Wednesday, November 30, 2016

Is OWI fun?

I am sometimes invited to visit -- mostly virtually -- graduate classes focusing on OWI pedagogy. The students ask me questions about teaching OWCs, questions that often only people just embarking on teaching careers can think to ask.

One question I get is a form of this: "Is OWI fun?" It’s a great question. I think teaching itself should be gratifying. How can you dedicate decades of your life to working with students if you're not intrinsically engaged and satisfied?

“Fun” is a special word, though, isn't it? I was hooked on teaching from my first substitute gigs at Eastern High School in the early 90s. When I began teaching composition as a TA at Rutgers Camden in 1993 (after severe initial nervousness), I realized teaching writing was for me, and that feeling strengthened at Temple during my PhD work in the late 90s and early aughts through Penn State Lehigh Valley and now at Drexel.

I think, though, it wasn't until I taught online that I began to understand why.

I always liked the conversations, debates, and dialogues that made up the core of my classes, and I enjoyed coaching student writers and loved seeing their writing evolve. When I first encountered online writing tools, at Temple, I discovered, unaware at the time of course, that those two things I liked so much, the dialogues and writing process, converged brilliantly with ed tech.

Modality of course altered the nature of the dialogue (the technology always changes things), but it was just that: Different, not better or worse. And in OWI, it was all writing. I discovered that cracking open a discussion board was, well, fun for me.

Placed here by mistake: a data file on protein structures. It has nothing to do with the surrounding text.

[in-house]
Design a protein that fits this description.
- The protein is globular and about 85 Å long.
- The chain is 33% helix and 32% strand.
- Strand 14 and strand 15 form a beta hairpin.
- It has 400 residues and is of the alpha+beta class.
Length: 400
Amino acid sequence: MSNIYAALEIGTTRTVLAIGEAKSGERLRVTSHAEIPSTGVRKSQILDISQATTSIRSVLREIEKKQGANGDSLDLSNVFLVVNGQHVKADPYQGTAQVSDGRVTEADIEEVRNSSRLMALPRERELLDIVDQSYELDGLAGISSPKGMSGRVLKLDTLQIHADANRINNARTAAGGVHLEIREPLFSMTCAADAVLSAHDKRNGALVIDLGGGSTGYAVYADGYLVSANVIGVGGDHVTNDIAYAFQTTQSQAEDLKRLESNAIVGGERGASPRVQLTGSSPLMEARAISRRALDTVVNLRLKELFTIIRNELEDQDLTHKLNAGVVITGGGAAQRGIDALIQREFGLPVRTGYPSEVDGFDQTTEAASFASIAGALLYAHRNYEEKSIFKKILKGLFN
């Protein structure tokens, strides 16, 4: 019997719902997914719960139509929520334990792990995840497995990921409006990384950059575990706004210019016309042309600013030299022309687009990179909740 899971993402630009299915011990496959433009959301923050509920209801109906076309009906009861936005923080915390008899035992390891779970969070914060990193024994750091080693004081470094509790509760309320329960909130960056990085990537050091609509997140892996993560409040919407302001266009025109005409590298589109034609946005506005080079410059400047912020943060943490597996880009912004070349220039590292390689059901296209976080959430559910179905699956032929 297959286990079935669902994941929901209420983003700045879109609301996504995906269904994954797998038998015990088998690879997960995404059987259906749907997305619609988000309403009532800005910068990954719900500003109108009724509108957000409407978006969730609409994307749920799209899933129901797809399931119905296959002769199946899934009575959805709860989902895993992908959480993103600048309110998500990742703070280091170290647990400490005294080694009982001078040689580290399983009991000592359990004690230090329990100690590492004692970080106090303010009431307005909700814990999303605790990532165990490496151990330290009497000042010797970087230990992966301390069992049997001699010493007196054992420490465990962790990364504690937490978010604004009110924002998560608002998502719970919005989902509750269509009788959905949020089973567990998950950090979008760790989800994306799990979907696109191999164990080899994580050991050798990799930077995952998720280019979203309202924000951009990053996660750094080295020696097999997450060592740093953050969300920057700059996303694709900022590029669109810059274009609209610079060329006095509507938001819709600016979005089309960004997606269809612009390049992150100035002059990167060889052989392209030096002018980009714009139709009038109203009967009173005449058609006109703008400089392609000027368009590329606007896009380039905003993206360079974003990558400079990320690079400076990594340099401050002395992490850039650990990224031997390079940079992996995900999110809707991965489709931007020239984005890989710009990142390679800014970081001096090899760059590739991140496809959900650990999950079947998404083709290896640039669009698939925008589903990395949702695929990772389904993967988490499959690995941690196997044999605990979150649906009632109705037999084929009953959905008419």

I tell inquisitive graduate students, though, that I do have the benefit of favorable material conditions. For one, reading on a screen is no problem for me, access or otherwise. Also, I type pretty fast. I just took a one-minute typing test at and while I’m not a “pro,” I’m the next category, "fast." Enjoying screen reading and typing fast together mean that the experience interface-wise isn’t onerous for me.

So, having a positive material experience combined with really loving the intellectual journey might equal fun. I tell in-training teachers that it may well be that they only find onsite courses enjoyable. I get it. If you only like being in the room with the students, regardless of the reasons why, then OWI may not appeal to you.

And you should figure that out for yourself. I think a profession like teaching should have not just an element of  satisfaction but play and fun too. Teaching writing is difficult, and it won’t all be giggles. But following students' thinking trajectory across written discussions through bigger written projects? Sounds like fun to me.

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